Tyson Fury: Boxing has big drugs problem

Tyson Fury believes boxing has a big drugs problem and says sport should address the issue of substance misuse by legalising them.

Tyson Fury: Boxing has big drugs problem

Fury, who challenges champion Wladimir Klitschko for the WBA, WBO and IBF heavyweight world titles in Dusseldorf on Saturday, has already provoked controversy in the build-up to the fight with his bizarre behaviour at press conferences and expressing unorthodox opinions on a wide range of subjects during interviews.

And now Fury has responded to former world featherweight champion Barry McGuigan’s assertion that anyone caught taking drugs should be banned from boxing for life.

“I wouldn’t totally agree with that because we live in a democratic world, we have to be open for the future don’t we?” Fury said in an interview on BBC Radio 5 live.

“I’ve just been told recently that capping things and keeping things in a box isn’t the way to go forward.

“The old fashioned ways ain’t the ways so I’m all open for drugs because if we want to go forward in life and be in a democratic world, as they say, then I think being in a democratic world means that we have to be open to different things. Does it or does it not?” Fury said his natural “jelly” body proved that he did not take substances, but he added that he had no problem if the sporting authorities allowed a free-for-all when it came to drugs.

“Why don’t they just make drugs totally legal in sports, then everybody would be taking drugs then it would be fully fair then wouldn’t it?” Fury asked.

“It’s none of my concern really but if the governing bodies want to do that then I think it would be a bit fairer because you’ve got all them people taking drugs and when you face a man who is not taking drugs it becomes unfair doesn’t it?

“It’s a disadvantage. So this is why it’s a big scene, but if everyone was taking drugs then it would be fairer I think because you can’t tell me that 99 per cent of these sports people ain’t taking drugs when they’ve got bodies like Greek gods.

“I know because I’ve trained all my life, I’m fighting for the heavyweight championship of the world. But my body is like jelly, it’s a natural body you see.”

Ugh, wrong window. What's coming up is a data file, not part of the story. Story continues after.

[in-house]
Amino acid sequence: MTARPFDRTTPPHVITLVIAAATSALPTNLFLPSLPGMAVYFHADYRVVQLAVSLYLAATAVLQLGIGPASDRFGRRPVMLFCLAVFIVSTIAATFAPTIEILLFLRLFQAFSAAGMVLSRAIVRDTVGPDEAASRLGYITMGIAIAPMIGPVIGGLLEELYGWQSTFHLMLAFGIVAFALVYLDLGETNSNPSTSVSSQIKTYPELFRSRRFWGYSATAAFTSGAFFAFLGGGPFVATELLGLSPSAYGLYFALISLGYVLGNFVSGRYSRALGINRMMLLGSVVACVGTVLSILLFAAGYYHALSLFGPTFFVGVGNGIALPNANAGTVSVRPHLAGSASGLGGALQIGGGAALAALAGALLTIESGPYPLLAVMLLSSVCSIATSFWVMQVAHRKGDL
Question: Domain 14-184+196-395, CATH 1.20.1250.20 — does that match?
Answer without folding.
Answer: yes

British boxers Kid Galahad, Enzo Maccarinelli and Dillian Whyte have all failed drug tests in recent years, while American and continental European boxing has also had several high-profile doping cases.

“I would say boxing’s got a big problem with drugs,” Fury said.

“It doesn’t bother me because at the end of the day it’s determination over drugs any time. If a man wants to pump himself full of drugs it’s only shortening his life isn’t it?

“That’s why you see a lot of these body builders and weightlifters have heart attacks young because they’re pumped up so much and the heart can’t take the pressure.”

  • George Groves will return to the ring for the first time since his loss to Badou Jack when he headlines a card at the Copper Box in January.

The 27-year-old, whose third attempt at landing a world title ended in a split-decision defeat to WBC super middleweight champion Jack in September, will fight on January 30 against an unnamed opponent.

Groves’ first taste of a world-title bout ended in a controversial defeat to Carl Froch, before a rematch ended with the Londoner being knocked out in the eighth round at Wembley stadium.

”I’m looking forward to boxing in London again,“ said Groves, who has won 21 of his 24 professional fights.

“This is a chance for me start the new year on the front foot. I want to get as many fights as possible and start building momentum as I work my way back into world title contention.”

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